Apparently conflicting differences between the regional chest wall motion and gas transport have been observed during high-frequency ventilation (HFV). To elucidate the mechanism responsible for such differences, a positron imaging technique capable of assessing dynamic chest wall volumetric expansion, regional lung volume, and regional gas transport was developed. Anesthetized supine dogs were studied at ventilatory frequencies (f) ranging from 1 to 15 Hz and eucapnic tidal volumes. The regional distribution of mean lung volume was found to be independent of f, but the apex-to-base ratio of regional chest wall expansion favored the lung bases at low f and became more homogeneous at higher f. Regional gas transport per unit of lung volume, assessed from washout maneuvers, was homogeneous at 1 Hz, favored the bases progressively as f increased to 9 Hz, and returned to homogeneity at 15 Hz. Interregional asynchrony (pendelluft) and right-to-left differences were small at this large regional scale. Analysis of the data at a higher spatial resolution showed that the motion of the diaphragm relative to the excursions of the rib cage decreased as f increased. These differences from apex to base in regional chest wall expansion and gas transport were consistent with a simple model including lung, rib cage, and diaphragm regional impedances and a viscous coupling between lungs and chest wall caused by the relative sliding between pleural surfaces. To further test this model, we studied five additional animals under open chest conditions. These studies resulted in a homogeneous and f-independent regional gas transport. We conclude that the apex-to-base distribution of gas transport observed during HFV is not caused by intrinsic lung heterogeneity but rather is a result of chest wall expansion dynamics and its coupling to the lung.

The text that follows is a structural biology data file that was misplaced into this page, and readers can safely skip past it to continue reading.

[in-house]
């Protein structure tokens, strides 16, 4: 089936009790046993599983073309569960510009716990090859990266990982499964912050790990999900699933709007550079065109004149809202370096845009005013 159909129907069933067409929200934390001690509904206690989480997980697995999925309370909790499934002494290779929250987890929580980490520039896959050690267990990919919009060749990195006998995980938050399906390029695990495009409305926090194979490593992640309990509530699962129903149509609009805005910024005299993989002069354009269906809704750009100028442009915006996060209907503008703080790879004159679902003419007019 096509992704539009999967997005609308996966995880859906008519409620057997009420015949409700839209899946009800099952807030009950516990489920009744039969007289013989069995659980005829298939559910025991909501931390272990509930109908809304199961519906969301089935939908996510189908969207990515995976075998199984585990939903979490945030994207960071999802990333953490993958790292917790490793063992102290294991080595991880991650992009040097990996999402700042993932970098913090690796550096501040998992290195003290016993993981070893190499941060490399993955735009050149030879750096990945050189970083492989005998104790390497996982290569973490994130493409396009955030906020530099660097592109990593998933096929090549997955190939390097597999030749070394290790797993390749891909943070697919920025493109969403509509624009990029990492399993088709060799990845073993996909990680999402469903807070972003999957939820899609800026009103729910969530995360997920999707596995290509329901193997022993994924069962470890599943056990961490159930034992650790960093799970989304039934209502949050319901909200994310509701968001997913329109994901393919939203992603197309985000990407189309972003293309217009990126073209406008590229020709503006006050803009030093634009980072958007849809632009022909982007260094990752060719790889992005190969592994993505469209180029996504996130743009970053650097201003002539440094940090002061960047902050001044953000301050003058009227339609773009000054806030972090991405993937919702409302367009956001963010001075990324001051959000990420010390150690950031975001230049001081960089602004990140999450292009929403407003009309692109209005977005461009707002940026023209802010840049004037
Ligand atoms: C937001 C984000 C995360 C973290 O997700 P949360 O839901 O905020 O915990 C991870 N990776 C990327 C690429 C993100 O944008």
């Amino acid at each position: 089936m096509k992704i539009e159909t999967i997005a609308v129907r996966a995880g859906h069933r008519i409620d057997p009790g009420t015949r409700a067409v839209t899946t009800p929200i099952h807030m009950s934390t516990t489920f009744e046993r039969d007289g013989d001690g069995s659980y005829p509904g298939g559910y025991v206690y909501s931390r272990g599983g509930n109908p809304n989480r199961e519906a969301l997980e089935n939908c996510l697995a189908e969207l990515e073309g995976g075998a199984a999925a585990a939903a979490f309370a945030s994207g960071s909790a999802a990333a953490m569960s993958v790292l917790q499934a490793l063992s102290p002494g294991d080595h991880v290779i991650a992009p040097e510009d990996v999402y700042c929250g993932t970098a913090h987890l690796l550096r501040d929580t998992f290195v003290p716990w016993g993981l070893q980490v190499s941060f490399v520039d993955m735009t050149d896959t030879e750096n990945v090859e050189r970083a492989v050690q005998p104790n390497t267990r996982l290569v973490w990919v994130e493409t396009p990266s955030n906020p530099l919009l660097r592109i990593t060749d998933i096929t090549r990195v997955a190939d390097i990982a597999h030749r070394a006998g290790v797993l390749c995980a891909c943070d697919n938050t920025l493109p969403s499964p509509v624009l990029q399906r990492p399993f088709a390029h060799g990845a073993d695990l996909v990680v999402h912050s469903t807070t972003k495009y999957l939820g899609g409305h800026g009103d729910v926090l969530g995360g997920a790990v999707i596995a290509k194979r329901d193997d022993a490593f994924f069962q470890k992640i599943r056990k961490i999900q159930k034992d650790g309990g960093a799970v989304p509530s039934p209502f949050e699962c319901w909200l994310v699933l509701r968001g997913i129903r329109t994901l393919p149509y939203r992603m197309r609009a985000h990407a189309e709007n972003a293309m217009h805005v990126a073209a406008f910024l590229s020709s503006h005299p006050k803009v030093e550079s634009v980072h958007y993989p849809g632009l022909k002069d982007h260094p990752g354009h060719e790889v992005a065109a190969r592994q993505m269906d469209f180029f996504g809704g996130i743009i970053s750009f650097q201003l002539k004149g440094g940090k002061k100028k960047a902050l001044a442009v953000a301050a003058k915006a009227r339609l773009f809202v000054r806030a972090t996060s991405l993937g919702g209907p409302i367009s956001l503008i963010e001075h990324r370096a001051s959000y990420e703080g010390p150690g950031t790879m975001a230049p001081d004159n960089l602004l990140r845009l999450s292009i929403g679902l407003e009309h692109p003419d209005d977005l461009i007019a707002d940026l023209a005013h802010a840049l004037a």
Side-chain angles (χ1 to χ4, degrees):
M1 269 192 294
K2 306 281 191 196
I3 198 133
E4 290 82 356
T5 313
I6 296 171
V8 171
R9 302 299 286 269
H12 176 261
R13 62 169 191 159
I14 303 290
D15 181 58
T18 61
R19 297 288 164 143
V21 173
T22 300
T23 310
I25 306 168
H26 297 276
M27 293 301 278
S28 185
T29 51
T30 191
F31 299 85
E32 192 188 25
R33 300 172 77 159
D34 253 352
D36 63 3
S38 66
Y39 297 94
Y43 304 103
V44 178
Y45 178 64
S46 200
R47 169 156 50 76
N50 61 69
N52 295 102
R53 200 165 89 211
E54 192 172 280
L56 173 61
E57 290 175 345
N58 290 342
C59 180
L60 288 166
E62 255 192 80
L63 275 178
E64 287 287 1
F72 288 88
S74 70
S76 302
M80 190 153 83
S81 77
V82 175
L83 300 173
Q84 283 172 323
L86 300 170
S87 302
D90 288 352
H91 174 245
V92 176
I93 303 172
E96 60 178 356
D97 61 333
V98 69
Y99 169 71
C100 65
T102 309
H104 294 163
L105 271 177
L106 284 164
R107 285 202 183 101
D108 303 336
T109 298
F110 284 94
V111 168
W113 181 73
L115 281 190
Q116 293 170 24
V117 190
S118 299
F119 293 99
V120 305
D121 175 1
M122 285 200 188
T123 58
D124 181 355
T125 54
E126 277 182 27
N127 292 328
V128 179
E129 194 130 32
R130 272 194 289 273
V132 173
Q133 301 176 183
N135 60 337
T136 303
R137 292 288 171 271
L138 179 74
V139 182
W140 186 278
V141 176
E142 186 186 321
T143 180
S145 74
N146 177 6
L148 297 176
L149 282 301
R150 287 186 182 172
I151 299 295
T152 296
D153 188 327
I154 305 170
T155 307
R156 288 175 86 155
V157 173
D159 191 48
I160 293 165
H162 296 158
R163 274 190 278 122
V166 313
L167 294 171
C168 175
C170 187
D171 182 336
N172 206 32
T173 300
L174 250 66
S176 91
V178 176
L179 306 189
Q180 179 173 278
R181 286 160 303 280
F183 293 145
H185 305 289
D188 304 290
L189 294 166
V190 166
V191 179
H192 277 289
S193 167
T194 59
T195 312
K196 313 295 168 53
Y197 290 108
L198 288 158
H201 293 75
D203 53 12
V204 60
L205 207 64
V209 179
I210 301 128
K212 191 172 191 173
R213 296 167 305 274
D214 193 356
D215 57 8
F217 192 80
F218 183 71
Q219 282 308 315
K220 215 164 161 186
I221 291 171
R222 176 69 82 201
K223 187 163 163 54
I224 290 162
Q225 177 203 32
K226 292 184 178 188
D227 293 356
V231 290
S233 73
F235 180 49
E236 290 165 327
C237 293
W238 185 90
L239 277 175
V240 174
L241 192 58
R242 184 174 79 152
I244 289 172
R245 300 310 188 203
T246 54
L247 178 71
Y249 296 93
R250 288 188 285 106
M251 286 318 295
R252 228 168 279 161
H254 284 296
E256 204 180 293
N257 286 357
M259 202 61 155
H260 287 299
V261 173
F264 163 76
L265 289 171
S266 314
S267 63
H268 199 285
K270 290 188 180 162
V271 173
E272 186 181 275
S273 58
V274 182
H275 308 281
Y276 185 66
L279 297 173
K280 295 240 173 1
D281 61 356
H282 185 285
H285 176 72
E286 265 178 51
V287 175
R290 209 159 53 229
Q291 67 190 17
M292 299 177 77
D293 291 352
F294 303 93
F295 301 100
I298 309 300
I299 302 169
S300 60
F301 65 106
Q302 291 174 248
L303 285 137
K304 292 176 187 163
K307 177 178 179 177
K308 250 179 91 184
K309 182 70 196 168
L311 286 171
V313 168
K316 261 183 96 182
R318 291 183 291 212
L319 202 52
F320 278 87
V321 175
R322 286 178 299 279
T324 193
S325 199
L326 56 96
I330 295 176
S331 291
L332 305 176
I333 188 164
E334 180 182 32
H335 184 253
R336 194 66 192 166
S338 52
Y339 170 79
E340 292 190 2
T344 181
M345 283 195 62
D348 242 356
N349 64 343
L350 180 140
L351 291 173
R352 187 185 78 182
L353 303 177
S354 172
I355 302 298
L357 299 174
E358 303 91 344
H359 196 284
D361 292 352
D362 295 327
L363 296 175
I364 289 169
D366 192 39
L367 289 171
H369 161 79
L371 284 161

- Copyright © 1993 the American Physiological Society